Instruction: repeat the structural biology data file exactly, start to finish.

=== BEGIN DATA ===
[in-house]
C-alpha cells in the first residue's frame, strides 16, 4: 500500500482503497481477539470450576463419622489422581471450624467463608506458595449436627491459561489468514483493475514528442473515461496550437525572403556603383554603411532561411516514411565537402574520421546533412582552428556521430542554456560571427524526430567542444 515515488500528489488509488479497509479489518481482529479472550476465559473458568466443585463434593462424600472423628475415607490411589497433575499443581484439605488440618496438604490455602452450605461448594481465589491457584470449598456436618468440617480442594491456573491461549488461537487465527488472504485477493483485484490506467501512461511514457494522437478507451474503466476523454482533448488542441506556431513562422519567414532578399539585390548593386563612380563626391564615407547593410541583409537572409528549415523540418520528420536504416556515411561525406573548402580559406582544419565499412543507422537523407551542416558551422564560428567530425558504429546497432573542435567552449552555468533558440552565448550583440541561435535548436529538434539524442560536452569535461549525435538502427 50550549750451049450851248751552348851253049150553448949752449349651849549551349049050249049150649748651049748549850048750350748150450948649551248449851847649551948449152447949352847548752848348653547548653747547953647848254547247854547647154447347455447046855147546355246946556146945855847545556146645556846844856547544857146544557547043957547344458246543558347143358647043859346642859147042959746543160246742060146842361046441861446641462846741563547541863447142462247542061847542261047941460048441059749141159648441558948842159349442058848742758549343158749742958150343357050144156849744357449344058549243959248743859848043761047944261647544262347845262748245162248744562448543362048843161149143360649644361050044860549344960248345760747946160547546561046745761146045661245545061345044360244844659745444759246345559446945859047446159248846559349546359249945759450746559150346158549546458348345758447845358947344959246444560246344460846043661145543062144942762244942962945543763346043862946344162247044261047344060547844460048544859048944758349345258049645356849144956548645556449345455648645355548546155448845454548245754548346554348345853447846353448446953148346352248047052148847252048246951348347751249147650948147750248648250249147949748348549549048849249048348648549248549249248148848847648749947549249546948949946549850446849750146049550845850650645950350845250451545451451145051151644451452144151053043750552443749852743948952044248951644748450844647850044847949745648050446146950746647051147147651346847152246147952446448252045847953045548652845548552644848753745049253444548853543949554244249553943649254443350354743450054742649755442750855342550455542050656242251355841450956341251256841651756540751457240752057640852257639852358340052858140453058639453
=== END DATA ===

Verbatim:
[in-house]
C-alpha cells in the first residue's frame, strides 16, 4: 500500500482503497481477539470450576463419622489422581471450624467463608506458595449436627491459561489468514483493475514528442473515461496550437525572403556603383554603411532561411516514411565537402574520421546533412582552428556521430542554456560571427524526430567542444 515515488500528489488509488479497509479489518481482529479472550476465559473458568466443585463434593462424600472423628475415607490411589497433575499443581484439605488440618496438604490455602452450605461448594481465589491457584470449598456436618468440617480442594491456573491461549488461537487465527488472504485477493483485484490506467501512461511514457494522437478507451474503466476523454482533448488542441506556431513562422519567414532578399539585390548593386563612380563626391564615407547593410541583409537572409528549415523540418520528420536504416556515411561525406573548402580559406582544419565499412543507422537523407551542416558551422564560428567530425558504429546497432573542435567552449552555468533558440552565448550583440541561435535548436529538434539524442560536452569535461549525435538502427 50550549750451049450851248751552348851253049150553448949752449349651849549551349049050249049150649748651049748549850048750350748150450948649551248449851847649551948449152447949352847548752848348653547548653747547953647848254547247854547647154447347455447046855147546355246946556146945855847545556146645556846844856547544857146544557547043957547344458246543558347143358647043859346642859147042959746543160246742060146842361046441861446641462846741563547541863447142462247542061847542261047941460048441059749141159648441558948842159349442058848742758549343158749742958150343357050144156849744357449344058549243959248743859848043761047944261647544262347845262748245162248744562448543362048843161149143360649644361050044860549344960248345760747946160547546561046745761146045661245545061345044360244844659745444759246345559446945859047446159248846559349546359249945759450746559150346158549546458348345758447845358947344959246444560246344460846043661145543062144942762244942962945543763346043862946344162247044261047344060547844460048544859048944758349345258049645356849144956548645556449345455648645355548546155448845454548245754548346554348345853447846353448446953148346352248047052148847252048246951348347751249147650948147750248648250249147949748348549549048849249048348648549248549249248148848847648749947549249546948949946549850446849750146049550845850650645950350845250451545451451145051151644451452144151053043750552443749852743948952044248951644748450844647850044847949745648050446146950746647051147147651346847152246147952446448252045847953045548652845548552644848753745049253444548853543949554244249553943649254443350354743450054742649755442750855342550455542050656242251355841450956341251256841651756540751457240752057640852257639852358340052858140453058639453